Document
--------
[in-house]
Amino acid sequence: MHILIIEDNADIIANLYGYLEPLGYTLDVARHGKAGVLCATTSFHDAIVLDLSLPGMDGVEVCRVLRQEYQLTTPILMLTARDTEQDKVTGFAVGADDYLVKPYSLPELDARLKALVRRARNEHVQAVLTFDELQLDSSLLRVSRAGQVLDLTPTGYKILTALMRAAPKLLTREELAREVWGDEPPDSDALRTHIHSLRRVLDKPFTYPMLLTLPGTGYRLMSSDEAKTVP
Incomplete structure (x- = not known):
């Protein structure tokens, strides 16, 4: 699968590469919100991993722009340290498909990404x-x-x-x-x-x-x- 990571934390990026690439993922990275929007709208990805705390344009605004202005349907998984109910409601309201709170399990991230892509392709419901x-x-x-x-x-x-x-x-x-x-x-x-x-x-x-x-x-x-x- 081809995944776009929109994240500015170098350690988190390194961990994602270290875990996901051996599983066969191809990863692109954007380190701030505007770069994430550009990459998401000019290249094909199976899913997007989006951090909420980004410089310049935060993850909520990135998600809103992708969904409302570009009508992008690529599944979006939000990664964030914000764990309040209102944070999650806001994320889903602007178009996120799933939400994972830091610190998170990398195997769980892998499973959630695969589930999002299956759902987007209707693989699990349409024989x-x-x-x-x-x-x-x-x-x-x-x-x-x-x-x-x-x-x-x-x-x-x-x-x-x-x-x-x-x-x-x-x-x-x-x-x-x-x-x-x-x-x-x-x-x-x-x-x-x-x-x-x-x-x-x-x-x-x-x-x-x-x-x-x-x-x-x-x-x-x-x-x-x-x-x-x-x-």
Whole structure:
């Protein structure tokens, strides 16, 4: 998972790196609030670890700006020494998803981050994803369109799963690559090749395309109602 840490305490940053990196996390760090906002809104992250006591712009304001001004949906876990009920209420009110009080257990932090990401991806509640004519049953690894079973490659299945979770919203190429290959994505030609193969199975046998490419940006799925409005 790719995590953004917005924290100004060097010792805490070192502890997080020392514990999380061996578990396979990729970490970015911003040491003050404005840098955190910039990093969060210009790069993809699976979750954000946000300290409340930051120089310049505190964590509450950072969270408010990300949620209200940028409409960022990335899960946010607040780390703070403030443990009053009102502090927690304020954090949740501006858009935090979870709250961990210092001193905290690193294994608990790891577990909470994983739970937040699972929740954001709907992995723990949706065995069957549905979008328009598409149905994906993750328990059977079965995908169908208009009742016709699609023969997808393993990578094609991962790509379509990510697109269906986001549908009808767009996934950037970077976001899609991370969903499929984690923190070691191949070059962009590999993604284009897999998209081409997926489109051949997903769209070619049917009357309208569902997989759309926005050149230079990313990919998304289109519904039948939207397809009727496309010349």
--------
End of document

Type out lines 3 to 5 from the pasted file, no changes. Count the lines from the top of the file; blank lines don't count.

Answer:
Incomplete structure (x- = not known):
């Protein structure tokens, strides 16, 4: 699968590469919100991993722009340290498909990404x-x-x-x-x-x-x- 990571934390990026690439993922990275929007709208990805705390344009605004202005349907998984109910409601309201709170399990991230892509392709419901x-x-x-x-x-x-x-x-x-x-x-x-x-x-x-x-x-x-x- 081809995944776009929109994240500015170098350690988190390194961990994602270290875990996901051996599983066969191809990863692109954007380190701030505007770069994430550009990459998401000019290249094909199976899913997007989006951090909420980004410089310049935060993850909520990135998600809103992708969904409302570009009508992008690529599944979006939000990664964030914000764990309040209102944070999650806001994320889903602007178009996120799933939400994972830091610190998170990398195997769980892998499973959630695969589930999002299956759902987007209707693989699990349409024989x-x-x-x-x-x-x-x-x-x-x-x-x-x-x-x-x-x-x-x-x-x-x-x-x-x-x-x-x-x-x-x-x-x-x-x-x-x-x-x-x-x-x-x-x-x-x-x-x-x-x-x-x-x-x-x-x-x-x-x-x-x-x-x-x-x-x-x-x-x-x-x-x-x-x-x-x-x-």
Whole structure: